Professor Finkelstein has expressed the view that he should have been granted tenure and that third parties external to the University influenced DePaul in denying tenure. That is not so. Over the past several months, there has been considerable outside interest about the tenure decision. This attention was unwelcome and inappropriate. In the end, however, it had absolutely no impact on either the process or the final outcome.
Professor Finkelstein is a prolific scholar and an outstanding teacher. The University thanks him for his contributions and service.
Both parties are satisfied with the resolution of their dispute and wish each other well in their future endeavors.
Media Contact: Denise Mattson, (312)362-6225
Even though Norman Finkelstein was very reluctant to grapple with the whole issue, his students and some professors at the University has stood beside him knowing that this decision is not one that should be taking lying down. And nor should it be: precedence is a scary thought when groundbreaking rules are set for the future to be molded into. Akin to the ghastly illegal escapades of pre-emptive wars that could be in the hands of what could be the lamest duck of Presidents, we have the freedom of academics being severely threatened now. Mossad and Khalidi can be a testament in the past; now Finkelstein is another one to be gunned down by the Lobby and Campus Watchers. In a world that is Israeli-centred, the only view tolerated is one that is to their liking, whether you are a scholar or not. Your job is on the line, so you better toe the line and be spat out into the unemployment line along with the rest of the lynched.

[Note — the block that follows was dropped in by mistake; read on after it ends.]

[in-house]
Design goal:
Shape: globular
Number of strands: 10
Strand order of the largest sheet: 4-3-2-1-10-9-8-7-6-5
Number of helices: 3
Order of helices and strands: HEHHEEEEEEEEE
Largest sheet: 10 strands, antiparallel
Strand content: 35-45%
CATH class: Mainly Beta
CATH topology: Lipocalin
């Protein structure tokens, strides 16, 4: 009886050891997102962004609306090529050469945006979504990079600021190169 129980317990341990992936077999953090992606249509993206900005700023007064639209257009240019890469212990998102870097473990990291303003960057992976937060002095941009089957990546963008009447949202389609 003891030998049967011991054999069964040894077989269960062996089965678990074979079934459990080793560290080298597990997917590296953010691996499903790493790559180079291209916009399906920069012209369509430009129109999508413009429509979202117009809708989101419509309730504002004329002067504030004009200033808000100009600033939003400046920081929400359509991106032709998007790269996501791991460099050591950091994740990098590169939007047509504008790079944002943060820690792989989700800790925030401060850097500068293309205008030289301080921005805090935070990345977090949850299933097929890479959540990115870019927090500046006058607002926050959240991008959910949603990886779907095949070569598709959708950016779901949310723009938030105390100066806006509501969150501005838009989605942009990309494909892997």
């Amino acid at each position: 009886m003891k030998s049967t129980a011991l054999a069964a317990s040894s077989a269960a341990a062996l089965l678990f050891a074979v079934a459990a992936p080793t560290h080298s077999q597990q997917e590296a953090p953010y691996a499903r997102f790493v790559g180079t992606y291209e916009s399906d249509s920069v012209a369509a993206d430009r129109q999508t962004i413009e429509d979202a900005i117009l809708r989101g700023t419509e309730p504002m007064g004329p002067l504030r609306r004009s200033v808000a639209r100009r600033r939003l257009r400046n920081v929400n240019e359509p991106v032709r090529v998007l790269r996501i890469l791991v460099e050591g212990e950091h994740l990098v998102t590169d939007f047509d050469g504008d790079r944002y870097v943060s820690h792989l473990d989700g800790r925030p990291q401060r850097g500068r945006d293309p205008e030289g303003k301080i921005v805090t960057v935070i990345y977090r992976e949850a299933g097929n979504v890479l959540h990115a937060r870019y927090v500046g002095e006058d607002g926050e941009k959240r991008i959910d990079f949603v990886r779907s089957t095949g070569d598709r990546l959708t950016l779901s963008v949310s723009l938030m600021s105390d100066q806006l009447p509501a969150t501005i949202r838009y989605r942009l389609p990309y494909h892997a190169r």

They may have won the battle, but if Walt and Mearsheimer continue to press the issue of the Lobby to be newsworthy and remain unwaivered in the challenges that has claimed so many before them, then maybe the bubble could be burst that begun last year thanks to former President Jimmy Carter. Finkelstein may have left, but the fight rages on, possibly even moreso thanks to the denial of his tenureship and his dismissal from DePaul. It is hard to imagine such a ruckus if Dershowitz and his ilk had left the process to DePaul itself but now they have only provided more overt evidence that they have power to be reckoned with.
"The least I could hope for is to leave DePaul with my head up high and my reputation intact." We can't say much about the Board at DePaul or those "external pressures" though.